Before generating the backup, make sure to inform all users on the system about it. Creating a backup requires exclusive access to all the database files. This process restricts users from using the database. Continue reading “How to Back up Your Split Database in Microsoft Access ?”
In Microsoft access database, you might want to perform operations on not just one single record, but on a group of records. You can simply create fields that perform operations per row or on every record. But what happens when you perform calculations on a group of records? This is where Aggregate queries come in handy.
An Aggregate query lets you carry out calculations on record groups rather than perform individual operations, and because of that, it is also referred to as Summary query. It considers the total, subset, or gross amount of records.
In performing calculations on a group of records, there are numerous operations you can follow. Some of these operations are explained below.
- Sum– One of the most familiar and simplest ways of doing operations on records is using the Sum function. This adds (or sums) all the values contained in the field.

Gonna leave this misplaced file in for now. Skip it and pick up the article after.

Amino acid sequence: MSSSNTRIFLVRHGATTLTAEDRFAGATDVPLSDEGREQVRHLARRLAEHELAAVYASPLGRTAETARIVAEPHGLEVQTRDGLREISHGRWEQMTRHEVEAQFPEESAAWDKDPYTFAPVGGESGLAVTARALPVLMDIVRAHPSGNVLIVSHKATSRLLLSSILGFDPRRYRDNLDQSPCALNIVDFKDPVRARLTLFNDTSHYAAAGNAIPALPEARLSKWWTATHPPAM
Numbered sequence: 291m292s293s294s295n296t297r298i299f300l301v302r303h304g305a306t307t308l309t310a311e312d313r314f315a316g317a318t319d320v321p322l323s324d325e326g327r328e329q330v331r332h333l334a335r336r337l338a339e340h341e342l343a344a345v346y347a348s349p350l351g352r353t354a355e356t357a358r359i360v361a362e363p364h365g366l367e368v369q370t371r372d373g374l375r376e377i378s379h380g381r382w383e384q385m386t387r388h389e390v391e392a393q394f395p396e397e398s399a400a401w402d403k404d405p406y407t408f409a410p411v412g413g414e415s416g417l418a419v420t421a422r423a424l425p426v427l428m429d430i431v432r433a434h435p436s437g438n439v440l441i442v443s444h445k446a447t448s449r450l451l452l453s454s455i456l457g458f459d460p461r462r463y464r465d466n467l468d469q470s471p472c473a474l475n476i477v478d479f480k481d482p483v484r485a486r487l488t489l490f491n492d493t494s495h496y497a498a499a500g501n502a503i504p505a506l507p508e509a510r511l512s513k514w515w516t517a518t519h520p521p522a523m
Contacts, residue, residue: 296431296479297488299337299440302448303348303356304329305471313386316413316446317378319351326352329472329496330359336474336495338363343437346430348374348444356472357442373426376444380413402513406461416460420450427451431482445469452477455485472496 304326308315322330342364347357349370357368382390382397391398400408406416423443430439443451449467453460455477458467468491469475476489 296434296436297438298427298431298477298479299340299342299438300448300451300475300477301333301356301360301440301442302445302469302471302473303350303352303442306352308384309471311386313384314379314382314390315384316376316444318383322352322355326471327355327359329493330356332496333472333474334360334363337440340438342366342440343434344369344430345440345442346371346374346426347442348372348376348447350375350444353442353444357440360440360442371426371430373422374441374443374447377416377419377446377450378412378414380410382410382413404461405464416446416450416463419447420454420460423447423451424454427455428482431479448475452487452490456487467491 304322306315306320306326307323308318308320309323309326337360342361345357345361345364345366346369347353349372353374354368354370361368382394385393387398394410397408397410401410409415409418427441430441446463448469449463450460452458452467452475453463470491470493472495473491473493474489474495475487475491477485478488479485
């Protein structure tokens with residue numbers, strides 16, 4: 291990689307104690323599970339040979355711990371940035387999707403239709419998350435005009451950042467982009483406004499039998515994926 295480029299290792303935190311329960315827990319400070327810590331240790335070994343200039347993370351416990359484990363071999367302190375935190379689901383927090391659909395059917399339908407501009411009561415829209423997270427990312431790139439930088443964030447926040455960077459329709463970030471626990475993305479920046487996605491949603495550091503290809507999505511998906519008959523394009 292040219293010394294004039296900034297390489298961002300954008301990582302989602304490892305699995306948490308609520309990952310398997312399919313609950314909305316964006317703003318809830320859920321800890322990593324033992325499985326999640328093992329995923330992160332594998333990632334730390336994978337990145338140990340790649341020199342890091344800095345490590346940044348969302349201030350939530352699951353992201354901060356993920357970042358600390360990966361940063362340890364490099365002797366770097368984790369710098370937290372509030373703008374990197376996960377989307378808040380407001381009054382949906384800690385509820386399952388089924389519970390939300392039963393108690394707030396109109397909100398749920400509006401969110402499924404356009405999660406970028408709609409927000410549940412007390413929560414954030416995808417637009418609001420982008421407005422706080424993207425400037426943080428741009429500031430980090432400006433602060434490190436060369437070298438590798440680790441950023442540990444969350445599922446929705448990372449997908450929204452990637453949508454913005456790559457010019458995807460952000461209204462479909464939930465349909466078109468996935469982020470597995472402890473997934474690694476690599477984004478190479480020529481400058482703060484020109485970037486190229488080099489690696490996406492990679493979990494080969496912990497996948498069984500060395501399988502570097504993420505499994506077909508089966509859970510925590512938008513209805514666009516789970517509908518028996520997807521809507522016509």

- Average– If you need to calculate the mean, you can use the Average function. This calculates the average value for all values in the field.
- Min– This is used in finding the lowest value in all field.
- Max– Contrary to Min, this function is used in finding the highest value from the given field.
- Count– This returns the total number of records in a field.
- StDev– The standard deviation function is used to evaluate a population sample represented as a set of values in a specified field on a query.
- Var– This function returns the estimate of the variance for a population sample denoted as a set of values in a designated field on a Ms access query.
Continue reading “Aggregate Queries in Microsoft access database”
As a follow up on a recent blog post about Microsoft Access database Append Queries, here’s a sub-note article that we will analyse and investigate when errors can happen relating to a failure of appending records in MS access query
A quick recap: An Append MS access query is used when a user amends a few records to an existing table, typically from different sources. Append query chooses new records from different sources of data and copies them to the table in database. It is useful in joining numerous records at once and it also enables the user to refine the selection with specific criteria. Users can evaluate the selection before replicating it to the existing table.
Issues with Appending Records
Access typically shows a dialog box when the append MS access query is run, expressing the possible explanations for its failure. Errors might be due to the mismatch of field data types or key violations. Apart from that, Lock and Validation Rule violations could also be the reasons.